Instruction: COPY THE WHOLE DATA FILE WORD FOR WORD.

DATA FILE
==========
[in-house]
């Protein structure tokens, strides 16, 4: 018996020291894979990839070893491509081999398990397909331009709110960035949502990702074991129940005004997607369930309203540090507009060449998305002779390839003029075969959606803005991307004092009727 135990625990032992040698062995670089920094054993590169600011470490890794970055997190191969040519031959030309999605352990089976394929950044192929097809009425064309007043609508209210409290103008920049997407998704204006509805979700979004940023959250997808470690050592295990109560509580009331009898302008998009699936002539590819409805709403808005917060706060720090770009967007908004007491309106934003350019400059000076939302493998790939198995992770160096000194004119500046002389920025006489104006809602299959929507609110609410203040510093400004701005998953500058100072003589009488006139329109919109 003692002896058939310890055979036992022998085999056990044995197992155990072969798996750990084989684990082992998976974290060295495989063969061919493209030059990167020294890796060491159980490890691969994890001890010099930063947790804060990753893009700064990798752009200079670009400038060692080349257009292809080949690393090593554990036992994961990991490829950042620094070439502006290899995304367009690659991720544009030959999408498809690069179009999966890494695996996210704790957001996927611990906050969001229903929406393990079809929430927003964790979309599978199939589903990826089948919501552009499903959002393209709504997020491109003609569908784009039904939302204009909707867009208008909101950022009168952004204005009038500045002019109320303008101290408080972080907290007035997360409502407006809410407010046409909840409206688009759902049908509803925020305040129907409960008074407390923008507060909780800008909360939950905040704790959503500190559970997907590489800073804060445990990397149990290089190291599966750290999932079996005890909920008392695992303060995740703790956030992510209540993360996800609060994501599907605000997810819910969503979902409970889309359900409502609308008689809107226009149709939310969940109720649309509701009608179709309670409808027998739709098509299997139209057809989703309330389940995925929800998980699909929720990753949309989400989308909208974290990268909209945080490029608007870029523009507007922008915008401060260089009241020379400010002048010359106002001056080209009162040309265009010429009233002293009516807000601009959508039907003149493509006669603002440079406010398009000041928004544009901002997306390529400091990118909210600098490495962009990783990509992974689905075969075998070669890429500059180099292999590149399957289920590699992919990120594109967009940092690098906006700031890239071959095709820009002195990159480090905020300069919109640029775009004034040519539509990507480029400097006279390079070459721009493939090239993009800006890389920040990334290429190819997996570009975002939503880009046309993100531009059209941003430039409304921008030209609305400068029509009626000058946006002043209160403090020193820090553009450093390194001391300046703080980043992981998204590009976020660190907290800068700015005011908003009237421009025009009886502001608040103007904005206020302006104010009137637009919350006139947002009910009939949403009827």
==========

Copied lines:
[in-house]
């Protein structure tokens, strides 16, 4: 018996020291894979990839070893491509081999398990397909331009709110960035949502990702074991129940005004997607369930309203540090507009060449998305002779390839003029075969959606803005991307004092009727 135990625990032992040698062995670089920094054993590169600011470490890794970055997190191969040519031959030309999605352990089976394929950044192929097809009425064309007043609508209210409290103008920049997407998704204006509805979700979004940023959250997808470690050592295990109560509580009331009898302008998009699936002539590819409805709403808005917060706060720090770009967007908004007491309106934003350019400059000076939302493998790939198995992770160096000194004119500046002389920025006489104006809602299959929507609110609410203040510093400004701005998953500058100072003589009488006139329109919109 003692002896058939310890055979036992022998085999056990044995197992155990072969798996750990084989684990082992998976974290060295495989063969061919493209030059990167020294890796060491159980490890691969994890001890010099930063947790804060990753893009700064990798752009200079670009400038060692080349257009292809080949690393090593554990036992994961990991490829950042620094070439502006290899995304367009690659991720544009030959999408498809690069179009999966890494695996996210704790957001996927611990906050969001229903929406393990079809929430927003964790979309599978199939589903990826089948919501552009499903959002393209709504997020491109003609569908784009039904939302204009909707867009208008909101950022009168952004204005009038500045002019109320303008101290408080972080907290007035997360409502407006809410407010046409909840409206688009759902049908509803925020305040129907409960008074407390923008507060909780800008909360939950905040704790959503500190559970997907590489800073804060445990990397149990290089190291599966750290999932079996005890909920008392695992303060995740703790956030992510209540993360996800609060994501599907605000997810819910969503979902409970889309359900409502609308008689809107226009149709939310969940109720649309509701009608179709309670409808027998739709098509299997139209057809989703309330389940995925929800998980699909929720990753949309989400989308909208974290990268909209945080490029608007870029523009507007922008915008401060260089009241020379400010002048010359106002001056080209009162040309265009010429009233002293009516807000601009959508039907003149493509006669603002440079406010398009000041928004544009901002997306390529400091990118909210600098490495962009990783990509992974689905075969075998070669890429500059180099292999590149399957289920590699992919990120594109967009940092690098906006700031890239071959095709820009002195990159480090905020300069919109640029775009004034040519539509990507480029400097006279390079070459721009493939090239993009800006890389920040990334290429190819997996570009975002939503880009046309993100531009059209941003430039409304921008030209609305400068029509009626000058946006002043209160403090020193820090553009450093390194001391300046703080980043992981998204590009976020660190907290800068700015005011908003009237421009025009009886502001608040103007904005206020302006104010009137637009919350006139947002009910009939949403009827």